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Eggs

The misunderstood protein

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Eggs

Fear of eggs' cholesterol content led many to shun this excellent source of protein. Rediscover the elegant egg in our healthy recipes.

Fear of eggs' cholesterol content led many to shun this excellent source of protein. Rediscover the elegant egg in our healthy recipes.

Often vilified, eggs have had to fight to regain their place in our diet. For years, they were portrayed as bad for us, containing too much cholesterol and fat. Thankfully, those days are over.

The Heart and Stroke Foundation confirms that for people in good health, “with no history of heart disease, diabetes, or high blood cholesterol, eating an average of one egg per day (or seven eggs per week) does not increase the long-term risk of heart disease.”

Rather, eggs are one of the best fast foods available on the market. They are economical and provide a host of nutrients and vitamins our bodies need. They come prepackaged and can be taken on the road or enjoyed at home at any time of day. And they can be eaten on their own or as part of a multitude of sweet and savoury dishes. One popular legend holds that a chef’s white hat has 100 pleats—one for each way an egg can be cooked.

Are all eggs the same?

Egg colour is not based on the diet the chicken eats, but rather on its breed. However, the chicken’s diet is directly linked to the internal characteristics of an egg. For example, eggs rich in omega-3 fatty acids are laid by hens that eat a diet rich in omega-3s, such as flax.

For the well-being of the chickens, free-range, organic eggs are a must. Plus, pasture-raised free-range hens that forage largely for their own food may produce eggs with more healthy fats and vitamins A and E than standard factory eggs.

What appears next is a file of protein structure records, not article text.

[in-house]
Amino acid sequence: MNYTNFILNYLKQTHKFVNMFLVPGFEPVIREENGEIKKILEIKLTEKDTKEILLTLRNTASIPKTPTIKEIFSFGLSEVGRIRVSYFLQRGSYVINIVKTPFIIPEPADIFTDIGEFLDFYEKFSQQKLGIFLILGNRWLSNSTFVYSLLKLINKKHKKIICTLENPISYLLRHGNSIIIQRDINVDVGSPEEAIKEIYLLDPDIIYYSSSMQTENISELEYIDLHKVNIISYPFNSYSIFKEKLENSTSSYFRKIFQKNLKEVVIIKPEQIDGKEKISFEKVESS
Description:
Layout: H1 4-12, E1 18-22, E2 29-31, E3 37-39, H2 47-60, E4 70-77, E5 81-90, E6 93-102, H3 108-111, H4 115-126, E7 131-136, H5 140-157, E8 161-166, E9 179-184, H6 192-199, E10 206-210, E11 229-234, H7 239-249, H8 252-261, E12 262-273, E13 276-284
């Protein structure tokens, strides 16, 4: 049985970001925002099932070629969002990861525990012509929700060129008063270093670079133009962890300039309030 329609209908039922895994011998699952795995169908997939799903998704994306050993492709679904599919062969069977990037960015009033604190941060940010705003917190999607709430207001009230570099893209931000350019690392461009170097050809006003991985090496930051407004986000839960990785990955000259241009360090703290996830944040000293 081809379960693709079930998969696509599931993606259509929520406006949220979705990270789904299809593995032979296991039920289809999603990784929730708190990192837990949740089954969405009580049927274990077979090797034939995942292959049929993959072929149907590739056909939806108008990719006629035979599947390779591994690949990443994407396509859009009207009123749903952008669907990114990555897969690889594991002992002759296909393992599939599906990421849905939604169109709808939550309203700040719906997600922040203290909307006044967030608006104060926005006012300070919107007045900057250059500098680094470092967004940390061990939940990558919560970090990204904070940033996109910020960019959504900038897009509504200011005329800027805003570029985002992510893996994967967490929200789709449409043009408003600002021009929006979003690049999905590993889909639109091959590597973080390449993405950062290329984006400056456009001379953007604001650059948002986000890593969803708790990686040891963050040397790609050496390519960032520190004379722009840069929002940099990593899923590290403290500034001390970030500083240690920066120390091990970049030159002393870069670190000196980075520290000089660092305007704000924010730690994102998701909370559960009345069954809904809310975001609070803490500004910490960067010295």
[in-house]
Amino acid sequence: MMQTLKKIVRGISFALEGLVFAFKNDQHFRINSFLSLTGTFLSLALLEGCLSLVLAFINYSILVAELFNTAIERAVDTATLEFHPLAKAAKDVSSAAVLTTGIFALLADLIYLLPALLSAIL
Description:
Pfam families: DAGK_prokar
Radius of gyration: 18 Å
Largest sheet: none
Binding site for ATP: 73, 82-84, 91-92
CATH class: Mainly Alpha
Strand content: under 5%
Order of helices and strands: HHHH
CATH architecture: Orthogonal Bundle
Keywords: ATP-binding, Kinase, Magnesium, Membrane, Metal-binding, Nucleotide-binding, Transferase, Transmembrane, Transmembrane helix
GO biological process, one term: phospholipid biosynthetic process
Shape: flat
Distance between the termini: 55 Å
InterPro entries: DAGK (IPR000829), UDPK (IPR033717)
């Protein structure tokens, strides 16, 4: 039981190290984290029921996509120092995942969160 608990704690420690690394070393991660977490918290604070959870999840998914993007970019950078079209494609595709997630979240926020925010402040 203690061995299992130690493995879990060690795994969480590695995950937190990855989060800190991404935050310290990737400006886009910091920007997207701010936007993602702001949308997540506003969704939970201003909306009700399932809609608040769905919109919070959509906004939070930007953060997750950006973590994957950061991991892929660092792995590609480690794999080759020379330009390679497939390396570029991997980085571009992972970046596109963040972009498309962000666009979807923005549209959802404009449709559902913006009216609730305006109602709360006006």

Eggs deconstructed

Inside the egg’s shell there is a white liquid called albumen that is all protein with very little fat and the
yellow yolk (the vitellus) that contains the fat and many other nutrients.

One large egg contains about 70 calories, 6 g of easily absorbed protein, and 5 g of fat. However, this fat is healthy monounsaturated and polyunsaturated fat, including omega-6 and omega-3 fatty acids.

Eggs also boast many different nutrients including vitamins A, D, E, and various B vitamins; the minerals selenium, calcium, iron, and zinc; and the antioxidant lutein.

Recipes

Tip: To tell how fresh an egg is without opening it, gently drop the egg into a glass of water. If it stays flat against the bottom of the glass, it is very fresh, as air has not penetrated its shell. The more it points toward the top of the glass or rises in the glass, the older it is.

Egg whites

For best results use egg whites at room temperature and make sure the bowl you are using is meticulously clean. When in doubt rub the inside with a lemon wedge, rinse, and dry.

How to store eggs

Eggs are best stored in the refrigerator in their original container. This protects them from absorbing odours and keeps them away from strong-smelling foods such as onions and garlic.

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